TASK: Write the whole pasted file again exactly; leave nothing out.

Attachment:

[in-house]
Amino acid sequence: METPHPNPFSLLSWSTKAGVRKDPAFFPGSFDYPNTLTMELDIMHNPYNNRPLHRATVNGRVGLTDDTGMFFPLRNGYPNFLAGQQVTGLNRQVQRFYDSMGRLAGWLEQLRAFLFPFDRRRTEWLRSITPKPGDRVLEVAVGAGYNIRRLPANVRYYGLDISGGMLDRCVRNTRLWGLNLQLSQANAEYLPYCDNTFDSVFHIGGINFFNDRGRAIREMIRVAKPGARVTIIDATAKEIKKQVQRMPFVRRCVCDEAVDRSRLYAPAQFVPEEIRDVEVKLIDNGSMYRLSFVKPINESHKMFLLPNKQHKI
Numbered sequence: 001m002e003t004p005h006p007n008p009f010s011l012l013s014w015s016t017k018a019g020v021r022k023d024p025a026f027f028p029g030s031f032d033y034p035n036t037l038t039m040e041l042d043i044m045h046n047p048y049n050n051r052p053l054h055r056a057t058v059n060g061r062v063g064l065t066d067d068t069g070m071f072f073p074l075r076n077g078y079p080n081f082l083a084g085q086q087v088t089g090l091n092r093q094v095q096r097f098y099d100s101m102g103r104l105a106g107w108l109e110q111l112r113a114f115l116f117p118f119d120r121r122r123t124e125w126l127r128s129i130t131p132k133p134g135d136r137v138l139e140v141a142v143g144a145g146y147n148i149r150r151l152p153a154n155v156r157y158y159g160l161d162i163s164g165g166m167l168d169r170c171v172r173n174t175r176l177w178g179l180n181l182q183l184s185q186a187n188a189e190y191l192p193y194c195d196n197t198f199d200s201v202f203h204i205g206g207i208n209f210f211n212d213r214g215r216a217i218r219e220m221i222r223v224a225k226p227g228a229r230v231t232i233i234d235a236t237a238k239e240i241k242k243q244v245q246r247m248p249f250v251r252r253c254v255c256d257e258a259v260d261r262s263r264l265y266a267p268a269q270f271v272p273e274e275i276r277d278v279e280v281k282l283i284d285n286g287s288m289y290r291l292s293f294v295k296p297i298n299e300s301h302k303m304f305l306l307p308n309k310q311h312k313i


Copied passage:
[in-house]
Amino acid sequence: METPHPNPFSLLSWSTKAGVRKDPAFFPGSFDYPNTLTMELDIMHNPYNNRPLHRATVNGRVGLTDDTGMFFPLRNGYPNFLAGQQVTGLNRQVQRFYDSMGRLAGWLEQLRAFLFPFDRRRTEWLRSITPKPGDRVLEVAVGAGYNIRRLPANVRYYGLDISGGMLDRCVRNTRLWGLNLQLSQANAEYLPYCDNTFDSVFHIGGINFFNDRGRAIREMIRVAKPGARVTIIDATAKEIKKQVQRMPFVRRCVCDEAVDRSRLYAPAQFVPEEIRDVEVKLIDNGSMYRLSFVKPINESHKMFLLPNKQHKI
Numbered sequence: 001m002e003t004p005h006p007n008p009f010s011l012l013s014w015s016t017k018a019g020v021r022k023d024p025a026f027f028p029g030s031f032d033y034p035n036t037l038t039m040e041l042d043i044m045h046n047p048y049n050n051r052p053l054h055r056a057t058v059n060g061r062v063g064l065t066d067d068t069g070m071f072f073p074l075r076n077g078y079p080n081f082l083a084g085q086q087v088t089g090l091n092r093q094v095q096r097f098y099d100s101m102g103r104l105a106g107w108l109e110q111l112r113a114f115l116f117p118f119d120r121r122r123t124e125w126l127r128s129i130t131p132k133p134g135d136r137v138l139e140v141a142v143g144a145g146y147n148i149r150r151l152p153a154n155v156r157y158y159g160l161d162i163s164g165g166m167l168d169r170c171v172r173n174t175r176l177w178g179l180n181l182q183l184s185q186a187n188a189e190y191l192p193y194c195d196n197t198f199d200s201v202f203h204i205g206g207i208n209f210f211n212d213r214g215r216a217i218r219e220m221i222r223v224a225k226p227g228a229r230v231t232i233i234d235a236t237a238k239e240i241k242k243q244v245q246r247m248p249f250v251r252r253c254v255c256d257e258a259v260d261r262s263r264l265y266a267p268a269q270f271v272p273e274e275i276r277d278v279e280v281k282l283i284d285n286g287s288m289y290r291l292s293f294v295k296p297i298n299e300s301h302k303m304f305l306l307p308n309k310q311h312k313i